Some of them were not even baptised until this century. Some are married. Some have children too. Some are at theological college, continuing to explore their vocation and train for their future ministry. Others have received the grace of orders and are serving in their title or first parishes.

All of them have offered themselves for ordination in a church which they had every reason to believe honoured them. More importantly, they offered themselves for ordination in a church in which they thought they had a place and also a future. Some might say that what might come to pass was entirely foreseeable or that those who have offered themselves for ordination since 1992 should have seen this coming. It is an argument, but surely a worldly one, because it ignores the fact that God calls each one of us where we are: where he leads us is quite another thing.

If those young men gathered in the gallery are flowers, then there are others too, and we all know them: priests who have tried to make things work; priests who have answered Bishop Barry Rogerson’s call and gone the extra mile; priests who have accepted disunity within the college of priests in an attempt to maintain a greater unity (however fractured or impaired but not broken) with his bishop, and the local church. Perhaps we should say that they have held things in tension. And they have done so because of those promises.

Promises, promises. Perhaps they did not understand promises in the way that others understand promises. Christina Rees, in last Septembers issue of this magazine, famously attached an entirely secular definition to the word when she wrote that Synods ‘dynamic due process’ cannot promise in perpetuity. How that fits with moral theology is perhaps best left to expert moral theologians.

But surely this is a moral issue. If there was provision for those who could not accept the ordination of women as priests, what argument can there be that there should not be provision for those who cannot accept their ordination as bishops?

The obstacles become greater, harsher, not less. If there was need for provision then, the need must be all the more apparent now. Perhaps the Report of the Guildford Group [GS1605] shows what the problem really is: cost.

441 priests resigned and sought financial assistance. We should remember, out of fairness, that 31 subsequently returned to stipendiary ministry, a figure of just 7%, though what had been paid to them under the Measure would have reduced the assistance they later received on retirement. The total cost of this financial assistance came to £27.4 million. None of these figures include those who were retired or otherwise ineligible, nor of course of the many hundreds of laity who left the Church of England during that decade.

Interestingly, the Guildford Group faced the question head on. Noting that the Financial Provisions Measure 1993 spoke of making ‘provision as to the relief of hardship’ (echoing Mr Alison’s words of over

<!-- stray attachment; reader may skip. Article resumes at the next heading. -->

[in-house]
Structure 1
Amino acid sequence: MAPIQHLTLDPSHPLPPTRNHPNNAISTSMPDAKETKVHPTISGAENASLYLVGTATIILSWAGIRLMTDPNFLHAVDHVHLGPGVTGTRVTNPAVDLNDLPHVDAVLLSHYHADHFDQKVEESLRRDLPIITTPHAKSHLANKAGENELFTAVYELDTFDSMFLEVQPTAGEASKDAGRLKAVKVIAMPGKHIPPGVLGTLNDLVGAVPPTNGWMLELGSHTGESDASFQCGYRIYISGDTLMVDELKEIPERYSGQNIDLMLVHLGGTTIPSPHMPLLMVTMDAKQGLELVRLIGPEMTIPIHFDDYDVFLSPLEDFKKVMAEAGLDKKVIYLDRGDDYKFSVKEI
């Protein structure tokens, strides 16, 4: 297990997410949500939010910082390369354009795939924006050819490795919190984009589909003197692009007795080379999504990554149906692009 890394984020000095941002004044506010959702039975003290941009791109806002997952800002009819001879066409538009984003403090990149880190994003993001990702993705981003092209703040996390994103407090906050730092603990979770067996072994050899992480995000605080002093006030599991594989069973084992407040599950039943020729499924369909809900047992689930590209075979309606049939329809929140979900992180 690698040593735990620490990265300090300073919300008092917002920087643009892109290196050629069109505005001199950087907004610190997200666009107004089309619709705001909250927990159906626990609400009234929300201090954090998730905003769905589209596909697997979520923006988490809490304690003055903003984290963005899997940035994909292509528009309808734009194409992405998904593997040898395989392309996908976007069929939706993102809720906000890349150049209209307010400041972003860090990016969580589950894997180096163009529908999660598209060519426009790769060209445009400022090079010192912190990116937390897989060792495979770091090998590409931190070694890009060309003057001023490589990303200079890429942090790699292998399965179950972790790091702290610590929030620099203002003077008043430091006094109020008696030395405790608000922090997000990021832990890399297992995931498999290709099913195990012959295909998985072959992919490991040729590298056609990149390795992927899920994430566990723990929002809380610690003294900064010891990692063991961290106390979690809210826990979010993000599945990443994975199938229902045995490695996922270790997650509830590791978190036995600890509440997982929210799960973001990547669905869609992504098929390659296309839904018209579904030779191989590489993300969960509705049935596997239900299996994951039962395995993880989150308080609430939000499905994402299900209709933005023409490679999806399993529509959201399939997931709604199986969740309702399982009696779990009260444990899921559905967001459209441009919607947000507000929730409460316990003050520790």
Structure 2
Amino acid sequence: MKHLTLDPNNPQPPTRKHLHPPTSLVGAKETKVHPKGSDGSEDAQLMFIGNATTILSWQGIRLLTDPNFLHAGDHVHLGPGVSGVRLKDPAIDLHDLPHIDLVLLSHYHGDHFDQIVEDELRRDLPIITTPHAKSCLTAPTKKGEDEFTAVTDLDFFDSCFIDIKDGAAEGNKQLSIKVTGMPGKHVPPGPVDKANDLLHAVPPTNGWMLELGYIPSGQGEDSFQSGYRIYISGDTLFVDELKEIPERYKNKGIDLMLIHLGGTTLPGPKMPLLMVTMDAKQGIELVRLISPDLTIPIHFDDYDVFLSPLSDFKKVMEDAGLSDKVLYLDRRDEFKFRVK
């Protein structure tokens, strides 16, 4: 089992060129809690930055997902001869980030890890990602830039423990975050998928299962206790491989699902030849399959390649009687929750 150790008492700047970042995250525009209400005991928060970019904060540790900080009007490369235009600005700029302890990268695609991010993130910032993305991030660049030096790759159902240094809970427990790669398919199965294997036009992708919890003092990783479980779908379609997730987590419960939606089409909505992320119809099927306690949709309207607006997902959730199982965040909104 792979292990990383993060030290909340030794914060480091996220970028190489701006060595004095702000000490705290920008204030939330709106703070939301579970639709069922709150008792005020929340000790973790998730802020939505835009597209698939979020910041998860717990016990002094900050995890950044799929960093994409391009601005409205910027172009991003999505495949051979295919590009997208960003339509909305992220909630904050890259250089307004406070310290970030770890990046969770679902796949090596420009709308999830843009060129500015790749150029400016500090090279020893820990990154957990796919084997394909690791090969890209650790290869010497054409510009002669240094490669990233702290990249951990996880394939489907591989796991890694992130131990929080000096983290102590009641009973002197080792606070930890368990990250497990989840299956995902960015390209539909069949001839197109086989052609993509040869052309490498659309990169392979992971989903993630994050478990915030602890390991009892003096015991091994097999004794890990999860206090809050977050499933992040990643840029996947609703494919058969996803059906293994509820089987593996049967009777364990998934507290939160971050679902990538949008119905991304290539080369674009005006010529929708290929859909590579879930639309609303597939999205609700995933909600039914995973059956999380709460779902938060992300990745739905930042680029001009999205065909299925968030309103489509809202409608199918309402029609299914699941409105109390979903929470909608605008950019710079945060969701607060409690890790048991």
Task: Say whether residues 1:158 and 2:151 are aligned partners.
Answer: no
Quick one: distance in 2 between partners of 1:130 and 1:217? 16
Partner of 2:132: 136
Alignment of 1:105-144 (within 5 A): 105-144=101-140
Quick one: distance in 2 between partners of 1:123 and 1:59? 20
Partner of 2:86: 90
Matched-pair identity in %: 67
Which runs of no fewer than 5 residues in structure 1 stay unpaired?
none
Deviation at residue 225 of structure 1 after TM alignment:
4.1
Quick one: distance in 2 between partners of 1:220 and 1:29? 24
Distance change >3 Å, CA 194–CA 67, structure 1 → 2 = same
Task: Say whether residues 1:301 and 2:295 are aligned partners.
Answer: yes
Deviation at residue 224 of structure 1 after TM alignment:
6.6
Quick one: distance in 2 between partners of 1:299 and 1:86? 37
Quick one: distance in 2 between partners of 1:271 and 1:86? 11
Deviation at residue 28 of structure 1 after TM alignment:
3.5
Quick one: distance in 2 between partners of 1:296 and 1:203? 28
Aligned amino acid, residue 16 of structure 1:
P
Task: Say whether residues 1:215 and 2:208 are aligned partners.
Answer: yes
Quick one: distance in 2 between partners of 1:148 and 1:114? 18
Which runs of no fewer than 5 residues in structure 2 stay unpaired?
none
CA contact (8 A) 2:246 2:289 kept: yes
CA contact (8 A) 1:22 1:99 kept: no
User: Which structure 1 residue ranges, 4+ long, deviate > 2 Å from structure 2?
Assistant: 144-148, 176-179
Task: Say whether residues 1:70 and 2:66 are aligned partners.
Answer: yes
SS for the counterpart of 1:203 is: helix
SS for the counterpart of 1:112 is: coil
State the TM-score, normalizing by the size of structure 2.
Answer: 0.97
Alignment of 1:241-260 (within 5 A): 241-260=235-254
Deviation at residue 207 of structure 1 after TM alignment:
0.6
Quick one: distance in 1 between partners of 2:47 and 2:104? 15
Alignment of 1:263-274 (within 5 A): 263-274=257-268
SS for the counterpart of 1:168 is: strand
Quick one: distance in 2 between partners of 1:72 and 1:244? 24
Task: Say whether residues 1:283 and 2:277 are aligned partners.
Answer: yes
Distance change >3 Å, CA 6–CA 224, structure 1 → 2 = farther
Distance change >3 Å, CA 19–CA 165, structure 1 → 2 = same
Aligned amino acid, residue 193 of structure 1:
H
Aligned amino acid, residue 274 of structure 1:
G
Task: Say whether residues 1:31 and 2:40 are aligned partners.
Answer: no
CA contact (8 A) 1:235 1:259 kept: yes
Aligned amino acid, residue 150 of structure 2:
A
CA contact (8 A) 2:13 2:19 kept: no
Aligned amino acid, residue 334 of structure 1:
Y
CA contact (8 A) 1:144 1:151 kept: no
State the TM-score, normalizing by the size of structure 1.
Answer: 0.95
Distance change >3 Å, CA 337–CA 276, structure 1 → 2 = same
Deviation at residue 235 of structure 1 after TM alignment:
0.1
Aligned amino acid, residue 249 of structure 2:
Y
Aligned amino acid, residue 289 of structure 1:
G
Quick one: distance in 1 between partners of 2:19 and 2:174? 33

a decade earlier), they said:

‘The Group acknowledged that there may be a small number of genuinely hard cases where some discretionary support may be appropriate. It considered, however, that the case for creating any fresh set of entitlements to financial assistance would be substantially lessened if…the Church is willing to go a long way to make space for those who cannot accept the full ministry of women.’

Put another way, the Group is saying the more generous the church is in making space, making provision, for those who cannot accept women bishops, the less generous they will need to be financially. The reverse is equally true: the less generous the space, the more generous the provision must be.

Of course, the Guildford Group did not have the advantage of being able to consider the Rees definition of promise, by which the Church Commissioners would be quids in, and that would be the end of the matter. But assuming for one moment that hers is not the preferred meaning, then we would do well to look again at the Financial Provisions Measure and ask what it was for. As we have seen, it was to provide for the relief of hardship. What would this mean to our blooming flowers?

In July 2004, the Chairman of the Pensions Board reminded the General Synod that there were two parts to that relief. The first was a resettlement grant. This reflected the need to move home on resignation. The second was to reflect the resulting loss of income, and he stressed that it was subject to review by the Board, and therefore amendment by it, if income is received from new employment.

It is worth stating what it was not. It was not untold riches. It was not compensation. It was not a pot of gold at the end of the Ordination of Women rainbow. What it was, however, was an acceptance that actions have consequences and an attempt at being fair and just, after the model of the first Christians about whom we read in the Acts of the Apostles. It was about putting a roof over heads, and relieving hardship.

So for those who have stayed on and tried to make things work; or who could cope with disunity in the college of priests but cannot accept it in the college of bishops; or, arguably more importantly, for those who have been brought to faith in the Church of England in the light of promises made, should there be anything less?

Could anyone sensibly argue against the proposition that the General Synod of the Church of England has an obligation to order itself after the example of Christ and to face the consequences of its actions?

If the answer is no, then fairness and justice – never mind generosity – demand that, come the day that legislation is enacted for the ordination of a woman as bishop, those who relied on the promises and assurances of the past, and who are now displaced, should not suffer financial hardship as a consequence. Nor should their wives and their children. It is not much to ask.

Your writer spends his working day prosecuting and defending, and sometimes sitting as a deputy judge, in the Crown Court. He might not know much Canon Law, but even he can see that anything less would be criminal.